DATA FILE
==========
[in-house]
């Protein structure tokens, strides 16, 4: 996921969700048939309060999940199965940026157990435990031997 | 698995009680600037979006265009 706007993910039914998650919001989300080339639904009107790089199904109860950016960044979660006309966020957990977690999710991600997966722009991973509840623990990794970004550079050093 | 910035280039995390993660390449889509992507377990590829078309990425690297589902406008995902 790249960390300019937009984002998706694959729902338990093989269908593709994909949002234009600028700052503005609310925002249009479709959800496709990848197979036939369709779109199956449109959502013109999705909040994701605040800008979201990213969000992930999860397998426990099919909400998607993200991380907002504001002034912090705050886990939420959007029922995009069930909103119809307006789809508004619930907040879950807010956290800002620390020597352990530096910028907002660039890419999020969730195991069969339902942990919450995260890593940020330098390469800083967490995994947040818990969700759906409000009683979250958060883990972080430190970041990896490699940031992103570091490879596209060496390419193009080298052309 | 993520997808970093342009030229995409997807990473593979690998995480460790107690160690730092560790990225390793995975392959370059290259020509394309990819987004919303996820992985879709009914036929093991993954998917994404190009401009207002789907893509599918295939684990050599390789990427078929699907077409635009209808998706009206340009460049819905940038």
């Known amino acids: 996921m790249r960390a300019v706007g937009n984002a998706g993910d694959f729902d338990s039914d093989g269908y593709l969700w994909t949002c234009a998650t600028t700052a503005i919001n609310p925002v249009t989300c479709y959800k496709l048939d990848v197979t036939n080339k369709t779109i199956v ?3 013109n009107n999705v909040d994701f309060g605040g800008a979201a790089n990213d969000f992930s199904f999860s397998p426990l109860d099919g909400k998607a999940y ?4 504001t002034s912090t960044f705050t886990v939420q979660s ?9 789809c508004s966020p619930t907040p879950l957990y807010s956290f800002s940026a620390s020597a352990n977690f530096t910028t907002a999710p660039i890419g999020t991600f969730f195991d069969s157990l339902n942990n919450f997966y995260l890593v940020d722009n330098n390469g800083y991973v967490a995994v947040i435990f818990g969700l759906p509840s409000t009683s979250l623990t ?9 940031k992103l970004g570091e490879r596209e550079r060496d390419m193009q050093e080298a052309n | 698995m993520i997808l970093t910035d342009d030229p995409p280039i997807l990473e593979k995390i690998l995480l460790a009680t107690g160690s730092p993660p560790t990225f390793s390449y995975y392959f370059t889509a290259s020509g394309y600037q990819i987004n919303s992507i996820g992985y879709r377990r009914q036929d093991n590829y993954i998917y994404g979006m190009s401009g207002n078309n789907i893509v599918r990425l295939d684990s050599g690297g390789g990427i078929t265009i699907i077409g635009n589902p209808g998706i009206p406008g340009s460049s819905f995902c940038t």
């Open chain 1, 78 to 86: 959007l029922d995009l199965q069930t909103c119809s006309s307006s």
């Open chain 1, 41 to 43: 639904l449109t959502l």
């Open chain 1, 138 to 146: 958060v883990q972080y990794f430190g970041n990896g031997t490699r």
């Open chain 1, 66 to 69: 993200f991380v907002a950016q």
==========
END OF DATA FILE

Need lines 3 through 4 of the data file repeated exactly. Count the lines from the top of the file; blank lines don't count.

């Known amino acids: 996921m790249r960390a300019v706007g937009n984002a998706g993910d694959f729902d338990s039914d093989g269908y593709l969700w994909t949002c234009a998650t600028t700052a503005i919001n609310p925002v249009t989300c479709y959800k496709l048939d990848v197979t036939n080339k369709t779109i199956v ?3 013109n009107n999705v909040d994701f309060g605040g800008a979201a790089n990213d969000f992930s199904f999860s397998p426990l109860d099919g909400k998607a999940y ?4 504001t002034s912090t960044f705050t886990v939420q979660s ?9 789809c508004s966020p619930t907040p879950l957990y807010s956290f800002s940026a620390s020597a352990n977690f530096t910028t907002a999710p660039i890419g999020t991600f969730f195991d069969s157990l339902n942990n919450f997966y995260l890593v940020d722009n330098n390469g800083y991973v967490a995994v947040i435990f818990g969700l759906p509840s409000t009683s979250l623990t ?9 940031k992103l970004g570091e490879r596209e550079r060496d390419m193009q050093e080298a052309n | 698995m993520i997808l970093t910035d342009d030229p995409p280039i997807l990473e593979k995390i690998l995480l460790a009680t107690g160690s730092p993660p560790t990225f390793s390449y995975y392959f370059t889509a290259s020509g394309y600037q990819i987004n919303s992507i996820g992985y879709r377990r009914q036929d093991n590829y993954i998917y994404g979006m190009s401009g207002n078309n789907i893509v599918r990425l295939d684990s050599g690297g390789g990427i078929t265009i699907i077409g635009n589902p209808g998706i009206p406008g340009s460049s819905f995902c940038t």
């Open chain 1, 78 to 86: 959007l029922d995009l199965q069930t909103c119809s006309s307006s």